Keywords:coast, delta, monsoon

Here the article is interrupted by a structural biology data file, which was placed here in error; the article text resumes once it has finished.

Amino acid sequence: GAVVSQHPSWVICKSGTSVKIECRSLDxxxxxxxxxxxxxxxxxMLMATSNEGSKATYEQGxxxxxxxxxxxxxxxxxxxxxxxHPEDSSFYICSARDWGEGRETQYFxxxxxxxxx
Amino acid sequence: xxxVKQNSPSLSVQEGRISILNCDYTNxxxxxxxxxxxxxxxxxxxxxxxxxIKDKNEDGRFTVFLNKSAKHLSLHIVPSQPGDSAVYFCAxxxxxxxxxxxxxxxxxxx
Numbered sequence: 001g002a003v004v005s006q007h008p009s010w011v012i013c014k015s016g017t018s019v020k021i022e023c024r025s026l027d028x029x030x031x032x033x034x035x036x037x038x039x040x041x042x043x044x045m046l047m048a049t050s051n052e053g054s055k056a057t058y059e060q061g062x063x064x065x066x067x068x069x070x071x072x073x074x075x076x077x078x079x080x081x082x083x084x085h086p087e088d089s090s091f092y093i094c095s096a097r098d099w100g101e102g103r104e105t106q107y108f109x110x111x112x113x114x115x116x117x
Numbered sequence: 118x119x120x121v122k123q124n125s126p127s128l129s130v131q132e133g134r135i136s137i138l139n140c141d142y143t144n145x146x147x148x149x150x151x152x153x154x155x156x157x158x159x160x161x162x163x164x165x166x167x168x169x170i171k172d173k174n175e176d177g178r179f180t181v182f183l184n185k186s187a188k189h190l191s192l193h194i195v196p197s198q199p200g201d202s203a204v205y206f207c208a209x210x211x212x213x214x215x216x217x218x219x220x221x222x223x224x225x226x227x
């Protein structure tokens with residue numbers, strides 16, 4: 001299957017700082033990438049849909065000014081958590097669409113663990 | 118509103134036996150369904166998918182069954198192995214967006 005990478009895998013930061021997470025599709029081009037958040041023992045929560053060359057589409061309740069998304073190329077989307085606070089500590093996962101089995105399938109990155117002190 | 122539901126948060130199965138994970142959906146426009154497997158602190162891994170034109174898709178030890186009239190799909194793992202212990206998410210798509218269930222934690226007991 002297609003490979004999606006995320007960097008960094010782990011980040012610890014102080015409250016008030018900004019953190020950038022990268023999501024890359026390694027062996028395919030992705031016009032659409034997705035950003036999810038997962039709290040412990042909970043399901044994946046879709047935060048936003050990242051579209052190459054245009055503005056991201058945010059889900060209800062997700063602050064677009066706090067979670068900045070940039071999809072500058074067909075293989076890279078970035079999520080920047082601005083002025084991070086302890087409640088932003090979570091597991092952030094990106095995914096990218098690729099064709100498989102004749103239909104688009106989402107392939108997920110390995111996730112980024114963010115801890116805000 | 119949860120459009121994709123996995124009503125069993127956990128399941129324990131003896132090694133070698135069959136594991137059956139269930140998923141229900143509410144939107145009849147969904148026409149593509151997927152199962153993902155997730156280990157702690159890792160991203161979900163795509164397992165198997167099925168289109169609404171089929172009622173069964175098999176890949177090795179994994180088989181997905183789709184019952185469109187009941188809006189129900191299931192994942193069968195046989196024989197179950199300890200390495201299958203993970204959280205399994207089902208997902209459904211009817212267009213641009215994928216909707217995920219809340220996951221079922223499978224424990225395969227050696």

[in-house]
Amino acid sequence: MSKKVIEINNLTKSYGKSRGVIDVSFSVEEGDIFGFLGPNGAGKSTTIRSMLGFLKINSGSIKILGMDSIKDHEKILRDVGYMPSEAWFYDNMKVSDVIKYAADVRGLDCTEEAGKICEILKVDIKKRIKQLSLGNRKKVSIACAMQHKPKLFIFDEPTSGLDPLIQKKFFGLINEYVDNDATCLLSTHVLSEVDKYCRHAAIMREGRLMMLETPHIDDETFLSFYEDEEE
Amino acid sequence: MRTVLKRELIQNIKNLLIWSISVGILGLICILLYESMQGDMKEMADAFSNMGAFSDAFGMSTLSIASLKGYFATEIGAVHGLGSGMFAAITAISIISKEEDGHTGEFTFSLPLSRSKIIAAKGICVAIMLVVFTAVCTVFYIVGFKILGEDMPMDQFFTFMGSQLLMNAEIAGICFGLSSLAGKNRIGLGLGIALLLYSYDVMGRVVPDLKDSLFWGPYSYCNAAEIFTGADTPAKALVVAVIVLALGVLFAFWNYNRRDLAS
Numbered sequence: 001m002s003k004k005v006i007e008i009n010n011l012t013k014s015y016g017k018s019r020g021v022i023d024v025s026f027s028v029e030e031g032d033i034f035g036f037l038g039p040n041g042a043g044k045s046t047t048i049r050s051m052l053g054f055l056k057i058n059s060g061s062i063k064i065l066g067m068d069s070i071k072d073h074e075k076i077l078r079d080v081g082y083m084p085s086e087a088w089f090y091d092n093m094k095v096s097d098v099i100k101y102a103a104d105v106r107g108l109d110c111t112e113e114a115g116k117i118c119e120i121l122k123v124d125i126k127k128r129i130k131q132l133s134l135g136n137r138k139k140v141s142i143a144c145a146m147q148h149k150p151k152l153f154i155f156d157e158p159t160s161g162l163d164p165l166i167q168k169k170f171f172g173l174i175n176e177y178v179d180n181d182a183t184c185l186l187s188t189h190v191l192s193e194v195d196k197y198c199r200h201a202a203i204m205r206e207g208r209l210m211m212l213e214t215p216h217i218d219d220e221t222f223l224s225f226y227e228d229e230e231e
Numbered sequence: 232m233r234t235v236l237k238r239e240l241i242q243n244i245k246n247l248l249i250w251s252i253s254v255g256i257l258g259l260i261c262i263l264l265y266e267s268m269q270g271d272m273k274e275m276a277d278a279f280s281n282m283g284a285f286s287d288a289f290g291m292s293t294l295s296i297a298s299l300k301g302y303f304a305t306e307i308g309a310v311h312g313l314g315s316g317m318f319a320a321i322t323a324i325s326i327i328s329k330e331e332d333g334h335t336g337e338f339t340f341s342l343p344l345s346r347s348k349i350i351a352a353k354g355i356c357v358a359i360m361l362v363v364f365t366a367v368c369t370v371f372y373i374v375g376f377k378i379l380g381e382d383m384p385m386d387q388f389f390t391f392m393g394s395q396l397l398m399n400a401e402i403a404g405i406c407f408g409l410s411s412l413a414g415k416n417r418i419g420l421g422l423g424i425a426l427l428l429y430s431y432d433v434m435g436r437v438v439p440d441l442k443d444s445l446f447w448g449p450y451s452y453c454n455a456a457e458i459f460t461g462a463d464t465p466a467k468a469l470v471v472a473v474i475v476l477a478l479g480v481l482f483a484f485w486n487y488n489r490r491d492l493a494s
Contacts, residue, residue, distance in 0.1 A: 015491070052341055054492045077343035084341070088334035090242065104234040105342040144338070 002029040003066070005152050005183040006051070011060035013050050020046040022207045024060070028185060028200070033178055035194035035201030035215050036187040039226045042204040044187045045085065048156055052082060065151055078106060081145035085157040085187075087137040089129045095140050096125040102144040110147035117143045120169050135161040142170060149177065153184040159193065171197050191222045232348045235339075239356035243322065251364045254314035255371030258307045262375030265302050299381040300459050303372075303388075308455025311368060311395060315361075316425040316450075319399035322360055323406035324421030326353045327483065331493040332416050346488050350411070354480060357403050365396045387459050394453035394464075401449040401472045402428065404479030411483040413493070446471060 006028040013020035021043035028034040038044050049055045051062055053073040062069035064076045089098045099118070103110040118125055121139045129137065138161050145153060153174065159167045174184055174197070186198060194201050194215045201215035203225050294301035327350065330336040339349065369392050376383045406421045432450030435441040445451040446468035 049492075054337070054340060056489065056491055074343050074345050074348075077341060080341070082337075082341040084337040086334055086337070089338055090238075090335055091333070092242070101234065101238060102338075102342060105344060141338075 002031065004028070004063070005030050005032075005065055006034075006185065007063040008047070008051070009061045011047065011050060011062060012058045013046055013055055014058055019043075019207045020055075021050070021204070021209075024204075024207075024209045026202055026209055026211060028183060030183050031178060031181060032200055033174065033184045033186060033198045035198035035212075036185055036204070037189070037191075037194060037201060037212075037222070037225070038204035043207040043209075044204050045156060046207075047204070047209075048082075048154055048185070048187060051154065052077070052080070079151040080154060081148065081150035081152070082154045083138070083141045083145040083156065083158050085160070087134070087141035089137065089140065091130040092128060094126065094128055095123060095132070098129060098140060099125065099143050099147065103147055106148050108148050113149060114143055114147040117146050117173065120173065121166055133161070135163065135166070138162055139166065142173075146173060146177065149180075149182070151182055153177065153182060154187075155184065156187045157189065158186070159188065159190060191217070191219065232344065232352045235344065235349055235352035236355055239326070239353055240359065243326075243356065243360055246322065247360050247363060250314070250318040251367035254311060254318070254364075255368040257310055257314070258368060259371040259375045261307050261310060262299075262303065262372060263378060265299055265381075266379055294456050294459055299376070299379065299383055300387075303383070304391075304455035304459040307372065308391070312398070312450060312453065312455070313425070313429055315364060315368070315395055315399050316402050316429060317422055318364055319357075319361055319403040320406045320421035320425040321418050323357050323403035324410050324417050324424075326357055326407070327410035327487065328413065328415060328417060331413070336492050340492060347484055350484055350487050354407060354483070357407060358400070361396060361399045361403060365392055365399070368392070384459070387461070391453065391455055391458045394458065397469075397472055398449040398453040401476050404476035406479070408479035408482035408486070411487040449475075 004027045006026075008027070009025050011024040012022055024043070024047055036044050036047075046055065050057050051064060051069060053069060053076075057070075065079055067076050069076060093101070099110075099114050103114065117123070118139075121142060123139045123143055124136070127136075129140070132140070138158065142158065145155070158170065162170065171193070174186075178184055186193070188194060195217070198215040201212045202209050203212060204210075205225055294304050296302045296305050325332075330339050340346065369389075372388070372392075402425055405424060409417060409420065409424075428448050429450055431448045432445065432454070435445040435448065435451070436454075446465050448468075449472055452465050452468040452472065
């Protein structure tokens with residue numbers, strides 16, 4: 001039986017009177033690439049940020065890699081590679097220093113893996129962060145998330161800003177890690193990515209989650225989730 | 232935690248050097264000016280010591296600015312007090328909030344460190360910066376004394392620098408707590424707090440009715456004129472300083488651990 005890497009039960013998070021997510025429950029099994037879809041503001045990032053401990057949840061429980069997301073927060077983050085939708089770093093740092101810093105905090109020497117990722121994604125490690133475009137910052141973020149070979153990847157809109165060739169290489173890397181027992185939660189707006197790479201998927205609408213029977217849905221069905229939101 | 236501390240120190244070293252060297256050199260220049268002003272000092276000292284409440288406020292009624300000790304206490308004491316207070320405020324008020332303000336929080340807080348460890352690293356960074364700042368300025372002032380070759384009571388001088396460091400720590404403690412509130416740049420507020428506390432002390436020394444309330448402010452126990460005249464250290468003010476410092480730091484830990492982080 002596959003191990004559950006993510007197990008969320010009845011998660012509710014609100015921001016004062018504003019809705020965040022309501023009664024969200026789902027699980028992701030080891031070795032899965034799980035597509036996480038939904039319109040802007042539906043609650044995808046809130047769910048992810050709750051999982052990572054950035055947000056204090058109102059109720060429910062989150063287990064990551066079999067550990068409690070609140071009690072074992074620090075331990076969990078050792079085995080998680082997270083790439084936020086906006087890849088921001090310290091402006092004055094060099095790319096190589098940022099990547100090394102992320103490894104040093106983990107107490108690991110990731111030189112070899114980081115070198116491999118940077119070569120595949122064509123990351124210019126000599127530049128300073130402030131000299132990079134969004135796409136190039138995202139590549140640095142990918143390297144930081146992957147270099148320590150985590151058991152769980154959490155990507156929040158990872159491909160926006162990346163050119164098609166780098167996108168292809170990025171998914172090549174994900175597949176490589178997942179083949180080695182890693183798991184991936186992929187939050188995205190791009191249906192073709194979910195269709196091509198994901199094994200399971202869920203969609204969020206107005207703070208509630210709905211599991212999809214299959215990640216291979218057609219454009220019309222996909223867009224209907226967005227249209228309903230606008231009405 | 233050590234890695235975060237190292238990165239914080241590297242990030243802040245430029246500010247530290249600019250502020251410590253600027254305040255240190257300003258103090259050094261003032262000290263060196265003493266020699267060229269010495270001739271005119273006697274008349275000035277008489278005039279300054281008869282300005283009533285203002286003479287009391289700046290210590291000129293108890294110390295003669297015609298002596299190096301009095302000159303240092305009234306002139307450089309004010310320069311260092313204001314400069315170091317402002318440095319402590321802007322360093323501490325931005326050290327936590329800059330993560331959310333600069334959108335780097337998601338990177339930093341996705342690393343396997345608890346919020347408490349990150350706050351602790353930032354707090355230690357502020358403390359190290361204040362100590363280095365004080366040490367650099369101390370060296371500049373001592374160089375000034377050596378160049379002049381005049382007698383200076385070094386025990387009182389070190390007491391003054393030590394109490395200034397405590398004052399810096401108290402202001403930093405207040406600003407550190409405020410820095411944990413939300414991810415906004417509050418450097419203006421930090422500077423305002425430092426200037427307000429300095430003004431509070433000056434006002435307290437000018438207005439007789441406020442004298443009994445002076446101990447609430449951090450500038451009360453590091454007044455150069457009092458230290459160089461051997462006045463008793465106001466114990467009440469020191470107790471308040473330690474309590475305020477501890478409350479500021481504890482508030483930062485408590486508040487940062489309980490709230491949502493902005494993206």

The Mekong delta, one of the largest deltas in the world, attracts increasing concerns about the coastal stability affected by the human-induced decrease in sediment supply. Serious erosion has been reported in the coast outlining the southwestern part of the delta, from the mouth of the Bassac River, through Bac Lieu and Camau Point, to Gulf of Thailand, where only muddy sediments are supplied by the southwestward longshore drift from the distributaries in the northeastern part. Little is known about the long-term coastal evolution of the southwest Mekong delta disproportionately to its large area (up to 40 % of the lower delta plain) as the effort has been focused on the distributary region. Here we report seven radiocarbon dated sediment cores and twenty optically-luminescence stimulated dates of beach ridges and intertidal mud flat deposits to constrain the position of shorelines at 2.4 ka, 1.4 ka, and 0.6 ka in the southwest Mekong delta. These shorelines have a similar shape with the modern shoreline and show the delta growth toward the SSW. The rate of the delta plain increment is estimated as 2 km2/y from 2.4 to 1.4 ka, 6 km2/y from 1.4 to 0.6 ka, and 8 km2/y from 0.6 ka to the present, respectively, which is much more significant than that in the distributary area, 0.5–2 km2/y. The increase in the rate after 1.4 ka may be related to the increased precipitation in the catchment as the palaeoenvironment reconstruction in Tibetan suggests a drier period of the weakened Indian summer monsoon during 2.4–1.4 ka. After 0.6 ka, the updrift part of the coast, from the Bassac River to Bac Lieu, has not prograded much, and the sediment accumulation has been concentrated around the Ca Mau Point, suggesting the increased exposure to the longshore drift in relation to the overall delta progradation. The accumulation trend after 0.6 ka also highlights the uniqueness of the modern shoreline that has been retreated almost entirely.